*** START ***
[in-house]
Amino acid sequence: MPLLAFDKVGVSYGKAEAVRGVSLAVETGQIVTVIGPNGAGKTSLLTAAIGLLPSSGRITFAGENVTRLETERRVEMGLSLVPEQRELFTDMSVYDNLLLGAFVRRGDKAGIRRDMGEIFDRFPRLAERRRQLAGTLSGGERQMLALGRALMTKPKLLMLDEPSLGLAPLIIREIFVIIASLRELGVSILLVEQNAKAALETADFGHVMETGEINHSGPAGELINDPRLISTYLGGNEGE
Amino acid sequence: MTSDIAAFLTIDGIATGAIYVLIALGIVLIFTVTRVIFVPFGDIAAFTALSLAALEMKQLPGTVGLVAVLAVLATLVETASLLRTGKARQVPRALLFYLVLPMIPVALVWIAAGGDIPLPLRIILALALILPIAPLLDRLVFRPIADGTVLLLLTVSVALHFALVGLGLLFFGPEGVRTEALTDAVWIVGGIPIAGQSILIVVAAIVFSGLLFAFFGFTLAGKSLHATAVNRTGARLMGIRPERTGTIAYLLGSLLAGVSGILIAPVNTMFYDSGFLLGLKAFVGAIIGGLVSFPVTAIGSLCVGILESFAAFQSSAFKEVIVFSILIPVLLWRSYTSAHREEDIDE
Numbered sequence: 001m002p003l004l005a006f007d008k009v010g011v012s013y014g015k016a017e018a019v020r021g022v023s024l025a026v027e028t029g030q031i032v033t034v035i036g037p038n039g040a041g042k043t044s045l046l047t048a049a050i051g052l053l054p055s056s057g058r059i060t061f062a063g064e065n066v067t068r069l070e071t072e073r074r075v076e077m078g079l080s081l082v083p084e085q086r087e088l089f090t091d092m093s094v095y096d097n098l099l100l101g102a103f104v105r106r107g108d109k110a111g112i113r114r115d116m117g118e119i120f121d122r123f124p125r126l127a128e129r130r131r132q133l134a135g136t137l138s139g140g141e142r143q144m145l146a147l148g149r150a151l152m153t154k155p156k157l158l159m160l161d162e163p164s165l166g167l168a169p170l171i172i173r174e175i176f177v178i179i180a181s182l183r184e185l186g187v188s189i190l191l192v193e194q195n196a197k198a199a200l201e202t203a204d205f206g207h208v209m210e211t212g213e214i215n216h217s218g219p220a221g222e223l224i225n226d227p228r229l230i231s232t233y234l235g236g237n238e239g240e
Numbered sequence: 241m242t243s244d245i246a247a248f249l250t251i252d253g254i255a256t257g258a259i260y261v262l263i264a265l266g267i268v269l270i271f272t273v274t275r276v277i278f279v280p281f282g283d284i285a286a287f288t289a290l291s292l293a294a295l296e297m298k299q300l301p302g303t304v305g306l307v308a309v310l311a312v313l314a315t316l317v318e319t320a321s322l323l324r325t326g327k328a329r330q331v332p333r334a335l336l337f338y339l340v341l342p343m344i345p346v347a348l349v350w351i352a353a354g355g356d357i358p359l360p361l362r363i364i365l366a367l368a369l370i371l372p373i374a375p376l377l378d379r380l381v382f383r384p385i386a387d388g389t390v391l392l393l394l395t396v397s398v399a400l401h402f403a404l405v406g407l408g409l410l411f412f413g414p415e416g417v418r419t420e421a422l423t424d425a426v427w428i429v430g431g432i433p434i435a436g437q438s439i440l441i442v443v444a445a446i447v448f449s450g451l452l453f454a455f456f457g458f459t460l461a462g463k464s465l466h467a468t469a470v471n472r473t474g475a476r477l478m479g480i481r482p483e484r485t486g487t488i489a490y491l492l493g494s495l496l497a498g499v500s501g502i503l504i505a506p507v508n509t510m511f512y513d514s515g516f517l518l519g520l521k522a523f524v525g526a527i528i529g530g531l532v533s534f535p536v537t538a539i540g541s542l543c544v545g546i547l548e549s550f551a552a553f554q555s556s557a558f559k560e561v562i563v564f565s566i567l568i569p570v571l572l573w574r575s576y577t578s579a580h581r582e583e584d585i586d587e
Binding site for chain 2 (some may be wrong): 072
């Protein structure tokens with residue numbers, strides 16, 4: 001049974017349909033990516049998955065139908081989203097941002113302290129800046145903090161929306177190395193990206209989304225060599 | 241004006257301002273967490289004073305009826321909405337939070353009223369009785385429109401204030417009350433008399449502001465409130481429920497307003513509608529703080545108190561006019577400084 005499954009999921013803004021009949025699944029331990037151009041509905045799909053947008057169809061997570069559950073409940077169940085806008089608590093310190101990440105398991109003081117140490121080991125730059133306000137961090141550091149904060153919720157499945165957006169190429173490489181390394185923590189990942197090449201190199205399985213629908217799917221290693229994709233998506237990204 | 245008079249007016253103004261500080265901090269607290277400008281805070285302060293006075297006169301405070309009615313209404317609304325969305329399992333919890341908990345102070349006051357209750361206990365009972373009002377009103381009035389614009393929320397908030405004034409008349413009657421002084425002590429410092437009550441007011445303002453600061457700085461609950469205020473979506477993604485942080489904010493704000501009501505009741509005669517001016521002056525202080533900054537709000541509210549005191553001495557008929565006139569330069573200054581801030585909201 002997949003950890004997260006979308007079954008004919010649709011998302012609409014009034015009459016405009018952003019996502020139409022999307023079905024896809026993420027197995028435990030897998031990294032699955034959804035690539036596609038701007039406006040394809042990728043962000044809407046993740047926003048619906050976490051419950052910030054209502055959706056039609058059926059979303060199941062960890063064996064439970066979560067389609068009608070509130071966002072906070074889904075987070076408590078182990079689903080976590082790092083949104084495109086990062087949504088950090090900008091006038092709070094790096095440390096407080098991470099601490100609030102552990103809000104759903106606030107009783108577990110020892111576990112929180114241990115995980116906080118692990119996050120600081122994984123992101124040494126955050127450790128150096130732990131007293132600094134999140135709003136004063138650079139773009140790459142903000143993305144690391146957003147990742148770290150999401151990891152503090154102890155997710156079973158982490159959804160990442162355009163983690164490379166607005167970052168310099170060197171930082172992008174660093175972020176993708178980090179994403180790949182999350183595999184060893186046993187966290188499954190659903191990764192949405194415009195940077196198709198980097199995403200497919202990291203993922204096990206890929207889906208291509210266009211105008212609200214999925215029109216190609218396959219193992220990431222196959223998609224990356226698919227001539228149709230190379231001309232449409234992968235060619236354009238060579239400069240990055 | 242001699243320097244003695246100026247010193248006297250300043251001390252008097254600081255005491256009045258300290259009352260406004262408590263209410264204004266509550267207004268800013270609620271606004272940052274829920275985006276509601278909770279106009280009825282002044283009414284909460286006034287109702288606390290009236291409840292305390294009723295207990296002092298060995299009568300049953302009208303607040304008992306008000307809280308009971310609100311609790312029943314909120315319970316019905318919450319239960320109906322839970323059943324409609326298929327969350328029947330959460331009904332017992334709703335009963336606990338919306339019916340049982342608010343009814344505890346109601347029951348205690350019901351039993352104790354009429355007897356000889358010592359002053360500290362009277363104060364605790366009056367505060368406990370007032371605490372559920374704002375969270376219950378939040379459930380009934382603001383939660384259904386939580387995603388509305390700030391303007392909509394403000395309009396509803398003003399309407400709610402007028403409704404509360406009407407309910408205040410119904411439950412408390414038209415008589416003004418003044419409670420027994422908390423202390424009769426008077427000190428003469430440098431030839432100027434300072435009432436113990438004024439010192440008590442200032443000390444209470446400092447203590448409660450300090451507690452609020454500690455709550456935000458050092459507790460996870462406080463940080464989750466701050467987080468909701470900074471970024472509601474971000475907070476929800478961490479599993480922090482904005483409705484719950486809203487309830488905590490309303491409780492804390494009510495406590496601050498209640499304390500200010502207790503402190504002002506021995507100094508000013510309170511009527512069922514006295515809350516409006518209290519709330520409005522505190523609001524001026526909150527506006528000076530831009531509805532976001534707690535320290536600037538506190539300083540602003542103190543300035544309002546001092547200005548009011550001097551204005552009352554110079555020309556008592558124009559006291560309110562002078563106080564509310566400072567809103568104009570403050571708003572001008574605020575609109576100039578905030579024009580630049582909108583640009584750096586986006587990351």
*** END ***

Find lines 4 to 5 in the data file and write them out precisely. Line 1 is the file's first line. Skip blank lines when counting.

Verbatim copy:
Numbered sequence: 001m002p003l004l005a006f007d008k009v010g011v012s013y014g015k016a017e018a019v020r021g022v023s024l025a026v027e028t029g030q031i032v033t034v035i036g037p038n039g040a041g042k043t044s045l046l047t048a049a050i051g052l053l054p055s056s057g058r059i060t061f062a063g064e065n066v067t068r069l070e071t072e073r074r075v076e077m078g079l080s081l082v083p084e085q086r087e088l089f090t091d092m093s094v095y096d097n098l099l100l101g102a103f104v105r106r107g108d109k110a111g112i113r114r115d116m117g118e119i120f121d122r123f124p125r126l127a128e129r130r131r132q133l134a135g136t137l138s139g140g141e142r143q144m145l146a147l148g149r150a151l152m153t154k155p156k157l158l159m160l161d162e163p164s165l166g167l168a169p170l171i172i173r174e175i176f177v178i179i180a181s182l183r184e185l186g187v188s189i190l191l192v193e194q195n196a197k198a199a200l201e202t203a204d205f206g207h208v209m210e211t212g213e214i215n216h217s218g219p220a221g222e223l224i225n226d227p228r229l230i231s232t233y234l235g236g237n238e239g240e
Numbered sequence: 241m242t243s244d245i246a247a248f249l250t251i252d253g254i255a256t257g258a259i260y261v262l263i264a265l266g267i268v269l270i271f272t273v274t275r276v277i278f279v280p281f282g283d284i285a286a287f288t289a290l291s292l293a294a295l296e297m298k299q300l301p302g303t304v305g306l307v308a309v310l311a312v313l314a315t316l317v318e319t320a321s322l323l324r325t326g327k328a329r330q331v332p333r334a335l336l337f338y339l340v341l342p343m344i345p346v347a348l349v350w351i352a353a354g355g356d357i358p359l360p361l362r363i364i365l366a367l368a369l370i371l372p373i374a375p376l377l378d379r380l381v382f383r384p385i386a387d388g389t390v391l392l393l394l395t396v397s398v399a400l401h402f403a404l405v406g407l408g409l410l411f412f413g414p415e416g417v418r419t420e421a422l423t424d425a426v427w428i429v430g431g432i433p434i435a436g437q438s439i440l441i442v443v444a445a446i447v448f449s450g451l452l453f454a455f456f457g458f459t460l461a462g463k464s465l466h467a468t469a470v471n472r473t474g475a476r477l478m479g480i481r482p483e484r485t486g487t488i489a490y491l492l493g494s495l496l497a498g499v500s501g502i503l504i505a506p507v508n509t510m511f512y513d514s515g516f517l518l519g520l521k522a523f524v525g526a527i528i529g530g531l532v533s534f535p536v537t538a539i540g541s542l543c544v545g546i547l548e549s550f551a552a553f554q555s556s557a558f559k560e561v562i563v564f565s566i567l568i569p570v571l572l573w574r575s576y577t578s579a580h581r582e583e584d585i586d587e